Your Cheatin’ Heart: Truth Be Told…
Thanks for the title inspiration, Hank!
(If you read the entire post, you can sing along.)
As we continue with our relationship posts for “marriage month,” I’ve been ruminating on ethics and honesty in the workplace. A couple of times over the past few weeks, people who I thought I could trust flat-out lied to me. Sadly, it’s become commonplace.
Trust, as we all know, can’t just magically appear. It has to be built. Sometimes, the people who seem to be the most trustworthy can be seasoned fibbers. The typical organization loses 5% of its revenue due to fraud, which translates to about $3.7 billion globally. We’re not talking about pocketing a pen or pad of post-it notes here.
Lying at work ranges from faking illness so you can watch sports to resume misrepresentations. Workplace lies are estimated to cost companies 8.7% of payroll.
Now here’s a really terrifying statistic: A report in Psychology Today asserts that people lie in one in five of their daily interactions. Furthermore, Pamela Meyer, author of Liespotting, claims in her TED Talk that we’re lied to from 10-200 times a day. Kids start lying at the age of two, according to scientific studies. And the percent of kids who lie grows with age.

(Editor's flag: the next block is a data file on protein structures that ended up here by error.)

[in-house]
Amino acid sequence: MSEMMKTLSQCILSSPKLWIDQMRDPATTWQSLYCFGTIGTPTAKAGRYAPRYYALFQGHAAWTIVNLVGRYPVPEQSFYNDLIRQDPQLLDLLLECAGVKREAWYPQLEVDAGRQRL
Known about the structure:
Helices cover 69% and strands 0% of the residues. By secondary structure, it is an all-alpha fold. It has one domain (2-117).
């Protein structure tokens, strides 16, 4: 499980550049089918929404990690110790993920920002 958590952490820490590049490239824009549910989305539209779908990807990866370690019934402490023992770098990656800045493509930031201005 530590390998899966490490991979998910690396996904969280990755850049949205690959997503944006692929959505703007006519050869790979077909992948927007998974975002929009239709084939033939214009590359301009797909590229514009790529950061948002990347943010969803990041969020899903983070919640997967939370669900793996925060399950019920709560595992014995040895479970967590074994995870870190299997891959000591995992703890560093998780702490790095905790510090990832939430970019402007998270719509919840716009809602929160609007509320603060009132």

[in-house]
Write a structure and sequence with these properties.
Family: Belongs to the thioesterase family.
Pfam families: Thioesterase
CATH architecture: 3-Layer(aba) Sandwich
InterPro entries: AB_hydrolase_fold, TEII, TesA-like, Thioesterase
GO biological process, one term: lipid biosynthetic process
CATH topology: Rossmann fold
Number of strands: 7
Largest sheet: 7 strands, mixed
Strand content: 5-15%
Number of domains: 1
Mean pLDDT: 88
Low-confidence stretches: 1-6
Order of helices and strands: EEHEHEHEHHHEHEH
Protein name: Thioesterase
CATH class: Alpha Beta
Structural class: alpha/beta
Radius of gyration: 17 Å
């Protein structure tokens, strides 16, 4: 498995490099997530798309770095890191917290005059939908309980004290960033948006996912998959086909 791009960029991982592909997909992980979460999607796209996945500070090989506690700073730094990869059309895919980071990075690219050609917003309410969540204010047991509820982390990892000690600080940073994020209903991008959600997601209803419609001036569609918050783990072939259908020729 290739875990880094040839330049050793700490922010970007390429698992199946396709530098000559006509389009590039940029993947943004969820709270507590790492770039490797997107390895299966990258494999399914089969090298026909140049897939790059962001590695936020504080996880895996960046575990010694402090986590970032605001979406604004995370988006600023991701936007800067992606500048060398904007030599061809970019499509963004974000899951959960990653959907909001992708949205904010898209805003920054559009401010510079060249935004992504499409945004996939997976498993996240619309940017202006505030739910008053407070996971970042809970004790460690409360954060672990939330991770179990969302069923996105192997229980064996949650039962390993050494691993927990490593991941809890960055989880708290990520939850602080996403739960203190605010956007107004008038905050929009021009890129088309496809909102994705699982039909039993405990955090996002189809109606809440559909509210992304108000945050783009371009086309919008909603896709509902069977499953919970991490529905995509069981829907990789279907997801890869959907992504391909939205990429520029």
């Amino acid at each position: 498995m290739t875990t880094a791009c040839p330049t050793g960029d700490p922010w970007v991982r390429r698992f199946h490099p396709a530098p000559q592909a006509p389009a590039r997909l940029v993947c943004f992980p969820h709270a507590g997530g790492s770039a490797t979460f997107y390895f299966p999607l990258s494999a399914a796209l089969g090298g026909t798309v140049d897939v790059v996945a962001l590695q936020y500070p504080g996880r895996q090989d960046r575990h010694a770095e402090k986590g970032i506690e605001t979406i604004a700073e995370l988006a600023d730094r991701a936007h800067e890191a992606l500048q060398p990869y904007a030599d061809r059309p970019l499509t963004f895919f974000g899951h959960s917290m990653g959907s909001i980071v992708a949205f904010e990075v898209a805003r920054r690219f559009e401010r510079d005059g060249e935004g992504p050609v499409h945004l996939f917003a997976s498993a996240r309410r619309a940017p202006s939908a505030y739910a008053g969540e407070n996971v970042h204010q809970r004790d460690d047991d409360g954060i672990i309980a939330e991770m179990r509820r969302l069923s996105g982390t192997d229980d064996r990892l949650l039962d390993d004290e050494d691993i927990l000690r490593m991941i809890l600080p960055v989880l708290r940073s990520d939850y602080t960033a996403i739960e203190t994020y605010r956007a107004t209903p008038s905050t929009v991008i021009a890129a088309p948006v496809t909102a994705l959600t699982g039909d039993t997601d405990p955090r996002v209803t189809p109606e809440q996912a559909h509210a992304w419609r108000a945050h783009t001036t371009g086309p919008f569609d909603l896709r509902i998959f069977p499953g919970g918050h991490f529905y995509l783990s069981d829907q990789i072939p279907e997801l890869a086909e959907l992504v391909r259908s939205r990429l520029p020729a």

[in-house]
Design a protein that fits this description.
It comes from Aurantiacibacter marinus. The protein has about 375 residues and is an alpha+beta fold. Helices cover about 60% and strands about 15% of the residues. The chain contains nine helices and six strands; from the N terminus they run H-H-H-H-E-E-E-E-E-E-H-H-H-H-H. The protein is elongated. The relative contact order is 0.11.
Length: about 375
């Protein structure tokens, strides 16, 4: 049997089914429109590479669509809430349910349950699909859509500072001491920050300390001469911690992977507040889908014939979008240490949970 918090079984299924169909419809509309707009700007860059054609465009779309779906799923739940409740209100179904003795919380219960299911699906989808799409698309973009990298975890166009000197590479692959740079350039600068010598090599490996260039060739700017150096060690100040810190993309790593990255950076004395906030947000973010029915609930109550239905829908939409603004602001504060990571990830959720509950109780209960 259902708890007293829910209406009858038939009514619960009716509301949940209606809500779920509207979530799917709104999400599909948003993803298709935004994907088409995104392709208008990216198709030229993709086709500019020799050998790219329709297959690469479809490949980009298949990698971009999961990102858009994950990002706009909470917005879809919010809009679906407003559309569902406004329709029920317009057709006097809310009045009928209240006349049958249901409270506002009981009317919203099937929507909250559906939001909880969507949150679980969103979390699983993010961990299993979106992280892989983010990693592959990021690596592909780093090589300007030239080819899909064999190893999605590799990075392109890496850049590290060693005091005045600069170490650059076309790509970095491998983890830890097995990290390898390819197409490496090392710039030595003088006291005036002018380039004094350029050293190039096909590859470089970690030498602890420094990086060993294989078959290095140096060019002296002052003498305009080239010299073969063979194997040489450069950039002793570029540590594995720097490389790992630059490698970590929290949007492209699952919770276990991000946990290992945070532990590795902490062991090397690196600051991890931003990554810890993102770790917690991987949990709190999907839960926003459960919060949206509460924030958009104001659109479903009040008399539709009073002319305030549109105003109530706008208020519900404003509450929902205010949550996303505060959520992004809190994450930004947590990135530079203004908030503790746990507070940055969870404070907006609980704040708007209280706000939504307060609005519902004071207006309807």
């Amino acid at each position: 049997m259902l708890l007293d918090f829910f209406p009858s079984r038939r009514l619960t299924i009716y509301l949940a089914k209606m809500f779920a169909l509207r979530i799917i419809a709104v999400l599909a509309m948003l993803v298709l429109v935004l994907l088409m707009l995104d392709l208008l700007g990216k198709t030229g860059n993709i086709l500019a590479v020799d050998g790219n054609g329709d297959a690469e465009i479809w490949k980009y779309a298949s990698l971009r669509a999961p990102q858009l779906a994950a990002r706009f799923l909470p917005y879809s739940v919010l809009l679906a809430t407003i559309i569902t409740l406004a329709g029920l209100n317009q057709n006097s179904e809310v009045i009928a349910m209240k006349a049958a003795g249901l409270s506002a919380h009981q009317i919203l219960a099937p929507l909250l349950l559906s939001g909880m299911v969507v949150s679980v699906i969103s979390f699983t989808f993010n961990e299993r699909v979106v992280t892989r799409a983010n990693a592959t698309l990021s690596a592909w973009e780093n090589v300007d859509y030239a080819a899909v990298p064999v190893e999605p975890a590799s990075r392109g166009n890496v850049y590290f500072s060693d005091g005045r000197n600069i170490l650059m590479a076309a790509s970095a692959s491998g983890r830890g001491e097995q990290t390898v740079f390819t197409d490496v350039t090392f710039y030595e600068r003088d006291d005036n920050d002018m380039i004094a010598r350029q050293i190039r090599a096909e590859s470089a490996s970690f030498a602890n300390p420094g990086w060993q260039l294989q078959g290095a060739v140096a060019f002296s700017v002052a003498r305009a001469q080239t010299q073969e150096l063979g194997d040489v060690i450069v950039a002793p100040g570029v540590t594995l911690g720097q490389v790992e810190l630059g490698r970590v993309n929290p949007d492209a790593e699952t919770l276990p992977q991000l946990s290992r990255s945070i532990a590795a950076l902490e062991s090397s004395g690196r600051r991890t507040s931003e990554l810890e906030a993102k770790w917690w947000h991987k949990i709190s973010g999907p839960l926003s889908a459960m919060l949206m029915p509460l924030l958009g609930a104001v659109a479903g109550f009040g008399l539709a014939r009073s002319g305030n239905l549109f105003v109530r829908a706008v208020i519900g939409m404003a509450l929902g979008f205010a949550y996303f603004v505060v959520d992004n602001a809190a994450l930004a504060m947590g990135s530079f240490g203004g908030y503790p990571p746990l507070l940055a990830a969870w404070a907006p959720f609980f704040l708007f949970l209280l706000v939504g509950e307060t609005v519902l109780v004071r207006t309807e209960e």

Men and women tell lies about different things, according to another “lying expert” (i.e., an authority on fibbing — not an expert who is making stuff up — although one never really knows, right?)
But here’s the brutal truth…the stress of lying actually has a damaging effect on the brain and bodies of most people. So, although ones pants do not actually catch on fire when he or she bends the truth, chronic tale-telling can result in early death.
In closing, I have no brilliant business advice for you here. Just:
- Choose your friends, clients, and employees wisely.
- Choose between one of these four options when someone tells a lie at work.
- Choose to tell the truth yourself. You’ll live longer!
- Optional: Listen to Hank. His words are timeless!